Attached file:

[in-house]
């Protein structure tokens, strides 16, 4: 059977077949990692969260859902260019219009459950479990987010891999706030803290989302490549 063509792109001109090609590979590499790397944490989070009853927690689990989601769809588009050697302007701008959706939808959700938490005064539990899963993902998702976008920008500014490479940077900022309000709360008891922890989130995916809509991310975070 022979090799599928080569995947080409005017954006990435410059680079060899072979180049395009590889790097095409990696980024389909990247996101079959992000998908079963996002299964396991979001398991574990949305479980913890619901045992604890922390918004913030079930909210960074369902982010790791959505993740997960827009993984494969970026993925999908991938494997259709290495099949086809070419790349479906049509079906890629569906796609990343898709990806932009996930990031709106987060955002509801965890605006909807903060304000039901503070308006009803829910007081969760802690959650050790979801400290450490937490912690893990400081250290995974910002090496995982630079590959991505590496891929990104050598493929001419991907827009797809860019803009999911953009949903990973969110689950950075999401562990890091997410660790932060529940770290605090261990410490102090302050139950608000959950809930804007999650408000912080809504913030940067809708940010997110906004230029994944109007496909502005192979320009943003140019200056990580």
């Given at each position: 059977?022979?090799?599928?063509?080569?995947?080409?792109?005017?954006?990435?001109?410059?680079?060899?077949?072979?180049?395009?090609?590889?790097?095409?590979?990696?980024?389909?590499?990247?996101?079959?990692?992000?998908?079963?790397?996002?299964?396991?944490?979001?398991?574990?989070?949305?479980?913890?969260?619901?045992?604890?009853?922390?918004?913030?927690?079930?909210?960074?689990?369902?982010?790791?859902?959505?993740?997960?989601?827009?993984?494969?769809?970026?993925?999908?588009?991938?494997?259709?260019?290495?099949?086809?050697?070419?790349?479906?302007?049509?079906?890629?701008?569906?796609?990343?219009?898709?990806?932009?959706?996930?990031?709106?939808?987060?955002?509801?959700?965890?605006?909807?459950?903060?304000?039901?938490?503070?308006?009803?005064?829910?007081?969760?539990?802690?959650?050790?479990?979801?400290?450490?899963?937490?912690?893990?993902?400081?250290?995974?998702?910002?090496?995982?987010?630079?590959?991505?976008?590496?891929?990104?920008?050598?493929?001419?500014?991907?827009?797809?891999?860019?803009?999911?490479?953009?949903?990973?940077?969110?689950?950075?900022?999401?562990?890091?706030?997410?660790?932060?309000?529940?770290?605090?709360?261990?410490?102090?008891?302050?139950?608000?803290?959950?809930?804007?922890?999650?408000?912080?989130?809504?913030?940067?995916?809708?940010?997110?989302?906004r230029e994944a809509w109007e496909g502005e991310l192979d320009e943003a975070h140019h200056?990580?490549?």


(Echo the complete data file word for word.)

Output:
[in-house]
């Protein structure tokens, strides 16, 4: 059977077949990692969260859902260019219009459950479990987010891999706030803290989302490549 063509792109001109090609590979590499790397944490989070009853927690689990989601769809588009050697302007701008959706939808959700938490005064539990899963993902998702976008920008500014490479940077900022309000709360008891922890989130995916809509991310975070 022979090799599928080569995947080409005017954006990435410059680079060899072979180049395009590889790097095409990696980024389909990247996101079959992000998908079963996002299964396991979001398991574990949305479980913890619901045992604890922390918004913030079930909210960074369902982010790791959505993740997960827009993984494969970026993925999908991938494997259709290495099949086809070419790349479906049509079906890629569906796609990343898709990806932009996930990031709106987060955002509801965890605006909807903060304000039901503070308006009803829910007081969760802690959650050790979801400290450490937490912690893990400081250290995974910002090496995982630079590959991505590496891929990104050598493929001419991907827009797809860019803009999911953009949903990973969110689950950075999401562990890091997410660790932060529940770290605090261990410490102090302050139950608000959950809930804007999650408000912080809504913030940067809708940010997110906004230029994944109007496909502005192979320009943003140019200056990580």
């Given at each position: 059977?022979?090799?599928?063509?080569?995947?080409?792109?005017?954006?990435?001109?410059?680079?060899?077949?072979?180049?395009?090609?590889?790097?095409?590979?990696?980024?389909?590499?990247?996101?079959?990692?992000?998908?079963?790397?996002?299964?396991?944490?979001?398991?574990?989070?949305?479980?913890?969260?619901?045992?604890?009853?922390?918004?913030?927690?079930?909210?960074?689990?369902?982010?790791?859902?959505?993740?997960?989601?827009?993984?494969?769809?970026?993925?999908?588009?991938?494997?259709?260019?290495?099949?086809?050697?070419?790349?479906?302007?049509?079906?890629?701008?569906?796609?990343?219009?898709?990806?932009?959706?996930?990031?709106?939808?987060?955002?509801?959700?965890?605006?909807?459950?903060?304000?039901?938490?503070?308006?009803?005064?829910?007081?969760?539990?802690?959650?050790?479990?979801?400290?450490?899963?937490?912690?893990?993902?400081?250290?995974?998702?910002?090496?995982?987010?630079?590959?991505?976008?590496?891929?990104?920008?050598?493929?001419?500014?991907?827009?797809?891999?860019?803009?999911?490479?953009?949903?990973?940077?969110?689950?950075?900022?999401?562990?890091?706030?997410?660790?932060?309000?529940?770290?605090?709360?261990?410490?102090?008891?302050?139950?608000?803290?959950?809930?804007?922890?999650?408000?912080?989130?809504?913030?940067?995916?809708?940010?997110?989302?906004r230029e994944a809509w109007e496909g502005e991310l192979d320009e943003a975070h140019h200056?990580?490549?």